The Taliban have massed on the outskirts of Kandahar in preparation for an all-out assault to recapture a city that was once the movement’s capital and spiritual home.
The militants have infiltrated the suburbs of Afghanistan’s second city, with heavy fighting reported in southern and western neighbourhoods.
“Fighting has intensified, the Taliban are so close and the situation is so bad,” Abduljalil Amin, head of the local peace and development committee, told The Times from inside Kandahar. “The Taliban front line is strong. Last night there were seven airstrikes to push them back. There is no Eid celebration here. People are fleeing to other provinces, but many are trapped in their homes and lack access to food and water.”
Local reports suggest the militants have already sent a wave of more than twenty suicide bombers into Kandahar that was repelled by Afghan forces. With reinforcements said to be arriving on the outskirts, a renewed assault is expected within days.
The US military confirmed it had launched several airstrikes against the Taliban around Kandahar province, the first operations it has carried out since General Scott Miller relinquished his command of American forces and left last week. The Pentagon, which has withdrawn much of its air power from the country, did not disclose what weapons it had used.
Afghan commandos have also arrived to shore up Kandahar’s defences. Crucially, the government still holds the airport, allowing it to target Taliban fighters on the ground. Once dug into built-up areas, however, the insurgents will be tougher to dislodge without house-to-house fighting.
The encircling of Kandahar comes amid a lightning advance by the Taliban that has enabled them to lay siege to at least ten cities across Afghanistan over the past month as the US completes its withdrawal from the country. As the birthplace of the Islamist movement, Kandahar is prized above all except Kabul itself, and defeat there would deal a hammer blow to the government of President Ghani.
The insurgents seized the border crossing into Pakistan at Spin Boldak, southeast of Kandahar, last week, cutting off a vital supply line to the city. Many of Kandahar’s 600,000 residents have already fled, with services breaking down as the fighting edges closer.
Senior Afghan officials acknowledged that Kandahar would represent a serious loss for the government. The insurgents are yet to capture and hold a big city. The northern city of Kunduz was overrun in 2015 and again the following year, but retaken both times by Afghan troops, backed by US and British special forces.
“We’d see that as significant,” a senior source said of the potential loss of Kandahar. “It would give the Taliban not just geography in a territory but some legitimacy inside Afghanistan.”
Beyond its strategic importance, Kandahar holds deep symbolic significance for the Taliban. Kandahar province was the birthplace of the Islamist movement as it emerged from the Afghan civil war that followed the Soviet withdrawal in 1989.
Led by the one-eyed cleric Mullah Muhammad Omar, the group seized Kandahar in 1994, imposing its brand of swift and brutal Islamic justice. In one infamous incident, a local warlord who had raped several women was executed by Omar and his men, and his corpse hung in the city from the barrel of a tank as a warning.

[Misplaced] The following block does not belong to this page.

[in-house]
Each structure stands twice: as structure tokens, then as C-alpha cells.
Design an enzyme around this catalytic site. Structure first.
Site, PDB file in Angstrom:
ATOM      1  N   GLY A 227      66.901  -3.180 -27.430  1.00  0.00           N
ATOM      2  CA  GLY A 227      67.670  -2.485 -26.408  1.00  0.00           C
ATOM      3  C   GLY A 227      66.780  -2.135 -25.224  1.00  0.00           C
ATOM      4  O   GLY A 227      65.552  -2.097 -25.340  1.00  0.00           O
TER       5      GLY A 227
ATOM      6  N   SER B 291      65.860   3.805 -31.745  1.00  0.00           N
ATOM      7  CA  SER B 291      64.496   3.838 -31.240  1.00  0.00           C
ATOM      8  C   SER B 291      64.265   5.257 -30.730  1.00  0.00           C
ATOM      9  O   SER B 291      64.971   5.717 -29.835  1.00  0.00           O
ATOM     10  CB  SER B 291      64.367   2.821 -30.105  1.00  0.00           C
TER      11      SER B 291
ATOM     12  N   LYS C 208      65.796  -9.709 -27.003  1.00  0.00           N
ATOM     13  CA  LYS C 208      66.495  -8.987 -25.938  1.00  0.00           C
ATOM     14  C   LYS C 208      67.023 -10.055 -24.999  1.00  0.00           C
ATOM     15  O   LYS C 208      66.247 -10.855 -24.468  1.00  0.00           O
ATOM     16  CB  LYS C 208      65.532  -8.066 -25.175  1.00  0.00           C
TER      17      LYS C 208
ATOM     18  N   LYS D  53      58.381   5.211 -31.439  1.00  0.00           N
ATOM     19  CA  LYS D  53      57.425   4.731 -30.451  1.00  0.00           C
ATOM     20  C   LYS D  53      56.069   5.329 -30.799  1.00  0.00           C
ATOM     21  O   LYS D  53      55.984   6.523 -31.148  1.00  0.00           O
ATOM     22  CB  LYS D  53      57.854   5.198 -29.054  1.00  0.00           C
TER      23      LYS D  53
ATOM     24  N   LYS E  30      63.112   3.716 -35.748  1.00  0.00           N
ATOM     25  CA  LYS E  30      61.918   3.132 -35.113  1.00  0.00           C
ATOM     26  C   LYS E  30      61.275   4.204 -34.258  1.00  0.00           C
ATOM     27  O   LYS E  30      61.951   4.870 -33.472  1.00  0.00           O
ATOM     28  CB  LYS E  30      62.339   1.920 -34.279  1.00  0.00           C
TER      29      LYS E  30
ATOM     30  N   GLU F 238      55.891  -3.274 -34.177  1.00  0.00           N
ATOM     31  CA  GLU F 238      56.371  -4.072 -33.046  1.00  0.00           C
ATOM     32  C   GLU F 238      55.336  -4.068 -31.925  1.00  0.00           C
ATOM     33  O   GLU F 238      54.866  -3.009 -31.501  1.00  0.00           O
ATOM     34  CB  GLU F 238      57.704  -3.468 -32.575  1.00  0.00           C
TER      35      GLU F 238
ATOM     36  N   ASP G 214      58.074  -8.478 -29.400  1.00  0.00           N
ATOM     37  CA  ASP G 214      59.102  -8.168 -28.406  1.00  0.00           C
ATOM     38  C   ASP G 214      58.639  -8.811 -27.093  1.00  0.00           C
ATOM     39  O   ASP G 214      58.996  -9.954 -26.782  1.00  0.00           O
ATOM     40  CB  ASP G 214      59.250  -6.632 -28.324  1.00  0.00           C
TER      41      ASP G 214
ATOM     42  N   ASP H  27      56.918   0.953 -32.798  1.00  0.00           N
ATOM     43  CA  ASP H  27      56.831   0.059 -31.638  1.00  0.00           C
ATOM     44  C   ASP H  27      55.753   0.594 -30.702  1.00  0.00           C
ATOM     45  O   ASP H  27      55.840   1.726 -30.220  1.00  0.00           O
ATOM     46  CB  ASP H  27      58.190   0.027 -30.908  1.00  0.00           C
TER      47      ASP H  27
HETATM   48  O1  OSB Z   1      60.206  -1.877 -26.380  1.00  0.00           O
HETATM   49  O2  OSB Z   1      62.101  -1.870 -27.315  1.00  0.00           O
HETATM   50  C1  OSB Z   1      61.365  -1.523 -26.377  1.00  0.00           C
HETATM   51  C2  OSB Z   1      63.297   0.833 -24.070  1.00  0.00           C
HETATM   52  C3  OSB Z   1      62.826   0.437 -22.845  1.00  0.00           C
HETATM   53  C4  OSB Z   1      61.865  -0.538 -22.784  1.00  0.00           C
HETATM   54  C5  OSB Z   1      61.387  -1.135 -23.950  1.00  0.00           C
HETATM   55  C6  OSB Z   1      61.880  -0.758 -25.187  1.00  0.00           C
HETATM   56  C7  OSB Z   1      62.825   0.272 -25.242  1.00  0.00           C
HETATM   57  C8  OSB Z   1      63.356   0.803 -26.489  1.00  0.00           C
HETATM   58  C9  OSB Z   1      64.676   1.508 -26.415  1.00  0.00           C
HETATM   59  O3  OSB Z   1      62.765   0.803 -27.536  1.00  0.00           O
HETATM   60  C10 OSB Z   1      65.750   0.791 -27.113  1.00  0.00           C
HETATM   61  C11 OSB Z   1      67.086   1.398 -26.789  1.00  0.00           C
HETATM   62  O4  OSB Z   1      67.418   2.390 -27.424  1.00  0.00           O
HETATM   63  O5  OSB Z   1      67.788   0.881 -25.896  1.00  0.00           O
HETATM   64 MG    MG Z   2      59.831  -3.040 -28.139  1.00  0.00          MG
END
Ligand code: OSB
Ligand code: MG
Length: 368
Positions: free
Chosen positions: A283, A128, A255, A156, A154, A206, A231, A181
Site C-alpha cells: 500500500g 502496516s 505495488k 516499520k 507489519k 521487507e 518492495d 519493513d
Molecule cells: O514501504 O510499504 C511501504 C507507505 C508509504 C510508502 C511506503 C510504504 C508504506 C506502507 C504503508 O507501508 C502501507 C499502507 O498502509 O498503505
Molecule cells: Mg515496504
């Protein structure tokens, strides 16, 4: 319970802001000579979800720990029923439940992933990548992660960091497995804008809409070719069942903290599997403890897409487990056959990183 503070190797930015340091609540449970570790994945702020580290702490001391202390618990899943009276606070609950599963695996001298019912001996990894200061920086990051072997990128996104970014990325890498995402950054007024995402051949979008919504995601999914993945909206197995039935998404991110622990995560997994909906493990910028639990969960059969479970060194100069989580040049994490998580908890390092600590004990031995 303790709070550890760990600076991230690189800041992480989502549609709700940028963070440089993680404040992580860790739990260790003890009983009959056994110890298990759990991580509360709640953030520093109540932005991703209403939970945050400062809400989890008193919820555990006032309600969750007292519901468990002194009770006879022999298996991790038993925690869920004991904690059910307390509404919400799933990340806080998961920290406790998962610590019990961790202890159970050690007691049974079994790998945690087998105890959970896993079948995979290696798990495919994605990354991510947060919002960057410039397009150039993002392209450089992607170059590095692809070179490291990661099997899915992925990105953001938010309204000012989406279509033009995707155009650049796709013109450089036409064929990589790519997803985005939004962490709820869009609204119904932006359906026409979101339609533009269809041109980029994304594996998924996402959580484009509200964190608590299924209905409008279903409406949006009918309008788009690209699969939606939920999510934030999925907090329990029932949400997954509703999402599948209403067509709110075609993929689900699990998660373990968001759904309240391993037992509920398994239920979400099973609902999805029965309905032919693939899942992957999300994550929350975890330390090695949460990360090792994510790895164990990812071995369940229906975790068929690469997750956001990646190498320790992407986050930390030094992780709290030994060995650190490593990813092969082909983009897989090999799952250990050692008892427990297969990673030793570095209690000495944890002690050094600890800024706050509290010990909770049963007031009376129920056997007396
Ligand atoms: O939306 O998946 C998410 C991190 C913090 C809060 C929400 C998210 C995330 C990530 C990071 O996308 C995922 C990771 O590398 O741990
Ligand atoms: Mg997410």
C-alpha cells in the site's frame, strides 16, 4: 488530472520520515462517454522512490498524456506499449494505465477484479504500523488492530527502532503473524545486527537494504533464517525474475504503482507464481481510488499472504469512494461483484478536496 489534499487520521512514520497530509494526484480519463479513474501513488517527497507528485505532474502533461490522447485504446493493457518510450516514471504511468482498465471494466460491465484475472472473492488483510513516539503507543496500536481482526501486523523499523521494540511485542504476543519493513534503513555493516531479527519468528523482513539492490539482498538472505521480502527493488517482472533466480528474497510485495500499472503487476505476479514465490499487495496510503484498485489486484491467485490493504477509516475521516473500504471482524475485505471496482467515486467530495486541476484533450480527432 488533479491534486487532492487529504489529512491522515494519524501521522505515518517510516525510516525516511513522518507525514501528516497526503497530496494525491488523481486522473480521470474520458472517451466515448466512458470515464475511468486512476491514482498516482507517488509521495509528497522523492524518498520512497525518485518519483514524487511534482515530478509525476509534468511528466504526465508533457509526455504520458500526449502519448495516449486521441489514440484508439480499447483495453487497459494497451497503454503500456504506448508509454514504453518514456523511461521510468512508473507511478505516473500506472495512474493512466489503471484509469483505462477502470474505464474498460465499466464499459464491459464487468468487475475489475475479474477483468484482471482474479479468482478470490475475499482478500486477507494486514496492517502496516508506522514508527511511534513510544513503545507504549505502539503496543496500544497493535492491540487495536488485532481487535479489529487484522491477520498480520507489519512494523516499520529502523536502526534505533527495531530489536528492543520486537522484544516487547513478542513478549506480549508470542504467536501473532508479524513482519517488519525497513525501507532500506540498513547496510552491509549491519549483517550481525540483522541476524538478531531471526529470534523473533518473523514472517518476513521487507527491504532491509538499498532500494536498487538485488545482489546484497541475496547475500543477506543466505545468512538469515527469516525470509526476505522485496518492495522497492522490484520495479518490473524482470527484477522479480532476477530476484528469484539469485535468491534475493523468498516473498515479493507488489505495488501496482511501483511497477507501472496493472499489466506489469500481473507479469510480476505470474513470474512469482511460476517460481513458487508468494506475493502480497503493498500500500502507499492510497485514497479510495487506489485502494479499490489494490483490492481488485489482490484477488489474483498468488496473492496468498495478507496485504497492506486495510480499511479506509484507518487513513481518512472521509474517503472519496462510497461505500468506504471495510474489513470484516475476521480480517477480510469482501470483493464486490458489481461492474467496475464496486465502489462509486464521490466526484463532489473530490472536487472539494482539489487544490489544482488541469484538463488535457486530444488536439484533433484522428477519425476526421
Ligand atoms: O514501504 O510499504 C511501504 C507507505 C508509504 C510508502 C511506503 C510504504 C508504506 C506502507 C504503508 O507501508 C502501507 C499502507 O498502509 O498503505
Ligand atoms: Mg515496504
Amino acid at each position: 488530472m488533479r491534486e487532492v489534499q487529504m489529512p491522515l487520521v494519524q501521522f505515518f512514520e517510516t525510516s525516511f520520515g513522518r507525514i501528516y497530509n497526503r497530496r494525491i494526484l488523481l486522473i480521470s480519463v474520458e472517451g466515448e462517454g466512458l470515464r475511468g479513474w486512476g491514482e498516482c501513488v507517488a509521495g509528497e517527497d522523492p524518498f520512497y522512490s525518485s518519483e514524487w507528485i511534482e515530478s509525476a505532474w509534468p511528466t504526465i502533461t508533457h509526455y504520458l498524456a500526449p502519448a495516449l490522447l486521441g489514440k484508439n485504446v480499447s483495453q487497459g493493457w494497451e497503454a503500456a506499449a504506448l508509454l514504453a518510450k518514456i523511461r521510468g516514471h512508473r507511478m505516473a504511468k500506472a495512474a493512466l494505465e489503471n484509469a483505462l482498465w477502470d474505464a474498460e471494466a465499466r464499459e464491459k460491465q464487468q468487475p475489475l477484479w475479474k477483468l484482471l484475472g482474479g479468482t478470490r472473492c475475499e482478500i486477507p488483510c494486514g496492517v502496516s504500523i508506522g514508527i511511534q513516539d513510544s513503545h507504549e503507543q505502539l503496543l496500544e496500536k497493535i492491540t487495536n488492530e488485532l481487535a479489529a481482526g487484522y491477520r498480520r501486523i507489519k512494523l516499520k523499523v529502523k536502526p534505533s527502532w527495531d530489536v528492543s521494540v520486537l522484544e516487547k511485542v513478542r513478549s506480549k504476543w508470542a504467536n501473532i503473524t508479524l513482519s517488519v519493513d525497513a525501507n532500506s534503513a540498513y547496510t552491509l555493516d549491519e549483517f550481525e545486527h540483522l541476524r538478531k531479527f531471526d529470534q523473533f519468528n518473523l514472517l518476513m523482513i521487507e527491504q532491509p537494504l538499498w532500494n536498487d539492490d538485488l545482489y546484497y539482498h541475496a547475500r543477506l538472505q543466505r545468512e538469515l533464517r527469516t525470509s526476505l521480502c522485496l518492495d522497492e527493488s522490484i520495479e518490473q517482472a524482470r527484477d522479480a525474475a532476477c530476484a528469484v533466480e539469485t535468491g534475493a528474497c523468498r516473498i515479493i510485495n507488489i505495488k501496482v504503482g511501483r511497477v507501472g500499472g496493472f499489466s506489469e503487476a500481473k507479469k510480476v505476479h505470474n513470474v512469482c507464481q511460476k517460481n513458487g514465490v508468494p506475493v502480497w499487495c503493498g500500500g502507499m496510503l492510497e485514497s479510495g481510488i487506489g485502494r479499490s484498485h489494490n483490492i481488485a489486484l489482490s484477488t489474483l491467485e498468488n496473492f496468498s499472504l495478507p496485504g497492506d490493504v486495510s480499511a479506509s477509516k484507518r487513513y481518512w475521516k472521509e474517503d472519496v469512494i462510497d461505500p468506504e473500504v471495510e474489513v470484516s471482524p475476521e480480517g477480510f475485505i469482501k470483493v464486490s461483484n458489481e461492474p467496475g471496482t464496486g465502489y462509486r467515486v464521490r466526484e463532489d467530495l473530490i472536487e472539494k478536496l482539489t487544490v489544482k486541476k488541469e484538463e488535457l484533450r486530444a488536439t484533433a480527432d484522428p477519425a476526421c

Underscoring his power, Omar was presented with Kandahar’s most celebrated religious relic, a cloak believed to have been worn by the Prophet Muhammad. He wore it at a gathering of clerics in the city in 1996, and was declared leader of the faithful, a title claimed by only the most powerful figures in Islamic history.
Within months the Taliban had swept north and seized Kabul. The same year, Omar offered Osama bin Laden shelter in Kandahar, and the province remained a stronghold for al-Qaeda until the invasion in 2001.
Kandahar and the neighbouring province of Helmand proved to be a hotbed of the Taliban insurgency in the 20-year conflict that followed. When Nato forces ended combat operations in late 2014 the insurgents swept back from these southern strongholds, capturing swathes of the countryside.
With the US now dashing for the exit in Afghanistan, the Taliban advance has accelerated as government forces buckle and retreat to the cities. The speed and scale of the Afghan military’s collapse has prompted a recalibration on the battlefield: instead of trying to defend remote districts, it is focusing its efforts on securing strategic locations.
Commanders believe the Taliban are also planning an assault on the eastern city of Ghazni, a place of Islamic cultural significance and dominated by ethnic Pashtuns. As the last stop before Kabul on the road northeast from Kandahar, it could provide a launchpad for attacks on the capital.
“We are trying to consolidate that and use that as a base to strengthen resistance against the Taliban and then push them back,” the senior Afghan source said. “The nature of the war will change because the Taliban are coming out of hiding.”
The fact that Afghan forces will not be able to rely on American air support after the withdrawal is completed next month remains a cause for grave concern.
Washington has expressed its alarm at the deteriorating security situation. General Mark Milley, chairman of the US Joint Chiefs of Staff, conceded this week that the Taliban had “strategic momentum”.
The insurgents have, however, also suffered heavy losses in the battles that have raged from north to south in recent weeks and observers have noted that their checkpoints in Kandahar are now sparsely manned.
Civilians in Kandahar are caught in the middle as the battle for the city rages around them. One man, Yaar Mohammed, said he was injured when a mortar bomb struck his house this week.
His wife and two daughters were killed. “What am I going to do? I have lost my loved ones,” he said. “I’m just a poor man. I sell handkerchiefs on a cart. Where can I seek justice?”